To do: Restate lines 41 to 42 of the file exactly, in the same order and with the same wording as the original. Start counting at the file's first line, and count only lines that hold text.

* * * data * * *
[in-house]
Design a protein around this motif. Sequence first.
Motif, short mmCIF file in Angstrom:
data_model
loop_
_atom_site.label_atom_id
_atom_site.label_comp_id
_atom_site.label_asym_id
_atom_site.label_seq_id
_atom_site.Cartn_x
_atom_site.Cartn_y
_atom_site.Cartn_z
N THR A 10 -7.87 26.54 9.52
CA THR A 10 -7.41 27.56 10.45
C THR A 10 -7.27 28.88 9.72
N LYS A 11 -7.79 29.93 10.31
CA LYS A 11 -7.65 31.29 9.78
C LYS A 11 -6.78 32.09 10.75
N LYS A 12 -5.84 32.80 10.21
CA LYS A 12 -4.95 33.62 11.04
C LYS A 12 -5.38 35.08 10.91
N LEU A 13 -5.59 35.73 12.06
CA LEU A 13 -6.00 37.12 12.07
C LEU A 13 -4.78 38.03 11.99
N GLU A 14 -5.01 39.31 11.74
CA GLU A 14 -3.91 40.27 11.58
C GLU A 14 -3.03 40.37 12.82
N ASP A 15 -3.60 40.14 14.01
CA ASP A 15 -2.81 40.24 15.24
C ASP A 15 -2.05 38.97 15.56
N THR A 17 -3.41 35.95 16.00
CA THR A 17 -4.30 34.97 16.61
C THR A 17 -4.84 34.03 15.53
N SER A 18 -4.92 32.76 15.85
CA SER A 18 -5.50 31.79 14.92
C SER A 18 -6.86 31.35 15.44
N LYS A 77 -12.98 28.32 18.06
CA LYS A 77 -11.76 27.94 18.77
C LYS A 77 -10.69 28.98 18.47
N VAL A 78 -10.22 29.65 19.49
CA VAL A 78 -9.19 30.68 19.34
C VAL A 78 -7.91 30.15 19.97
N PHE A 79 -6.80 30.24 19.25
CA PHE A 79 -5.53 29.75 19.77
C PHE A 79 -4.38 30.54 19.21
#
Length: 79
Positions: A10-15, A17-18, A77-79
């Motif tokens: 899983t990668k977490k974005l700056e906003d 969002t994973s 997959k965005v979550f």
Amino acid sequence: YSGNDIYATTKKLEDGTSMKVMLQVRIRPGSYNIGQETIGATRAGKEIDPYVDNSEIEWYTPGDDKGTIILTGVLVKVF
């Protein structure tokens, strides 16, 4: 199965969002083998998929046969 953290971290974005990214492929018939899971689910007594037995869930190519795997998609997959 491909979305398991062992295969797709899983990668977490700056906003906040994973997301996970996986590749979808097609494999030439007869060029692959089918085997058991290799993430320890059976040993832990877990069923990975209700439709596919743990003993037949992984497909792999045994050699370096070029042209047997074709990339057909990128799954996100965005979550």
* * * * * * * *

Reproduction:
CA VAL A 78 -9.19 30.68 19.34
C VAL A 78 -7.91 30.15 19.97